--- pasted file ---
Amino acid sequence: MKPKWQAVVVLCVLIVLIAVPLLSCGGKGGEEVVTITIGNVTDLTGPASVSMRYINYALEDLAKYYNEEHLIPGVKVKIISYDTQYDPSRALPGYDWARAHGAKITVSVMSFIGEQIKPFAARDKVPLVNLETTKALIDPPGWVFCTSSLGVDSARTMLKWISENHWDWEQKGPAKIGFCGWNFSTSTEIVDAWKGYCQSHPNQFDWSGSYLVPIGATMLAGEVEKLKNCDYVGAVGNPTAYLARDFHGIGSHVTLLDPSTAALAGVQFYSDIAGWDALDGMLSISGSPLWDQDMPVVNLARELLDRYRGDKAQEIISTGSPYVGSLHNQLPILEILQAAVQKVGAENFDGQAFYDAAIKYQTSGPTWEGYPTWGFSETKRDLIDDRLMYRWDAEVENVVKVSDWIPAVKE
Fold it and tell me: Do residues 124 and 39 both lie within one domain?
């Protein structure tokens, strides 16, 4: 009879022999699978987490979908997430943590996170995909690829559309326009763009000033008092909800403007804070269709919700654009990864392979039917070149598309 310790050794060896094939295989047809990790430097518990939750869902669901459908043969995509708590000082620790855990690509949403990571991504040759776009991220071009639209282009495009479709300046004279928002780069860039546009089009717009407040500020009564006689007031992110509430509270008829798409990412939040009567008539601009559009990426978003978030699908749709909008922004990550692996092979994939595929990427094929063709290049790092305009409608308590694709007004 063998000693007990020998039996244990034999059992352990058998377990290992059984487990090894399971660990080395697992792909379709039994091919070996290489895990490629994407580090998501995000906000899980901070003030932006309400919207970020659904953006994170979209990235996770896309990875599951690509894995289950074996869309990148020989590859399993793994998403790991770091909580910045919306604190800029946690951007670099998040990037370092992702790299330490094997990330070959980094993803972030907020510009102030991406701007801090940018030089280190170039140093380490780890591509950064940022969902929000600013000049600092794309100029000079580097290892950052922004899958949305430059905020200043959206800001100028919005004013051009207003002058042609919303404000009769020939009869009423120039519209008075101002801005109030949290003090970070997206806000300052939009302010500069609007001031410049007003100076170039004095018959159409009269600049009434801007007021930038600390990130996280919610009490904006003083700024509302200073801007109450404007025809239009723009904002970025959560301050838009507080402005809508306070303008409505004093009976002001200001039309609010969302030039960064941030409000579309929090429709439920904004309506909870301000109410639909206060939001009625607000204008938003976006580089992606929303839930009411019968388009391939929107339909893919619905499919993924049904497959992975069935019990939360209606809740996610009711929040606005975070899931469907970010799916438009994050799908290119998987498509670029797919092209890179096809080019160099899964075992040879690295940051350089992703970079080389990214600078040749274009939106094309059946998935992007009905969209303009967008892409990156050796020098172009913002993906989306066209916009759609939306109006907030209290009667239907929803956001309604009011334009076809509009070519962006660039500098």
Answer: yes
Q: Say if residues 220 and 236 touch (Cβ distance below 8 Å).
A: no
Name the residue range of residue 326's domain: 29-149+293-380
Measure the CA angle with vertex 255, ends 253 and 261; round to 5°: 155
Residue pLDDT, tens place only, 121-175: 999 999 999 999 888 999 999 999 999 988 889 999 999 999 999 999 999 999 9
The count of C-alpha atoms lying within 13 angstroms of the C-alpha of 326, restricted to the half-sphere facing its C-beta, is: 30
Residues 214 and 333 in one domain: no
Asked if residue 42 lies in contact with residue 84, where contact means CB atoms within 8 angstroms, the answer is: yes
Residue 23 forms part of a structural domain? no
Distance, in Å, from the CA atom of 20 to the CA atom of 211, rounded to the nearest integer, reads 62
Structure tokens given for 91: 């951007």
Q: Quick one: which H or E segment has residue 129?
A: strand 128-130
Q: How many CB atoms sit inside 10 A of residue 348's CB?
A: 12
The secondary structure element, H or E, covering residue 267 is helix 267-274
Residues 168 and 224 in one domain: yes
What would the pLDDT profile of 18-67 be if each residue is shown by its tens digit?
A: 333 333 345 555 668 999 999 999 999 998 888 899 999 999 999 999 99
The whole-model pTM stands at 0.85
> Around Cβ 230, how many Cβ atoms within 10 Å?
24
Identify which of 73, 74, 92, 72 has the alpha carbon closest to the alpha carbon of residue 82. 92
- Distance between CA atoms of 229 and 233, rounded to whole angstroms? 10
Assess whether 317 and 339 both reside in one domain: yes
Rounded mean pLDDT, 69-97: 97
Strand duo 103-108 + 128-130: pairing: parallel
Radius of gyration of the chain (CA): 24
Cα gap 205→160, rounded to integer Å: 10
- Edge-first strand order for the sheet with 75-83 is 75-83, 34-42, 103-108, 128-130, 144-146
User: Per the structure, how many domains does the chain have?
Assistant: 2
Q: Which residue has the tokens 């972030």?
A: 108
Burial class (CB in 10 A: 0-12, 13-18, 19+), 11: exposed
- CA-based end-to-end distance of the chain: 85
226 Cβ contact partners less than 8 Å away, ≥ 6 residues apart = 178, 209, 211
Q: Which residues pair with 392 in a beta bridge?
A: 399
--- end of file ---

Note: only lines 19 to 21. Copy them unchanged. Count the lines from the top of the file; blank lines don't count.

A: 12
The secondary structure element, H or E, covering residue 267 is helix 267-274
Residues 168 and 224 in one domain: yes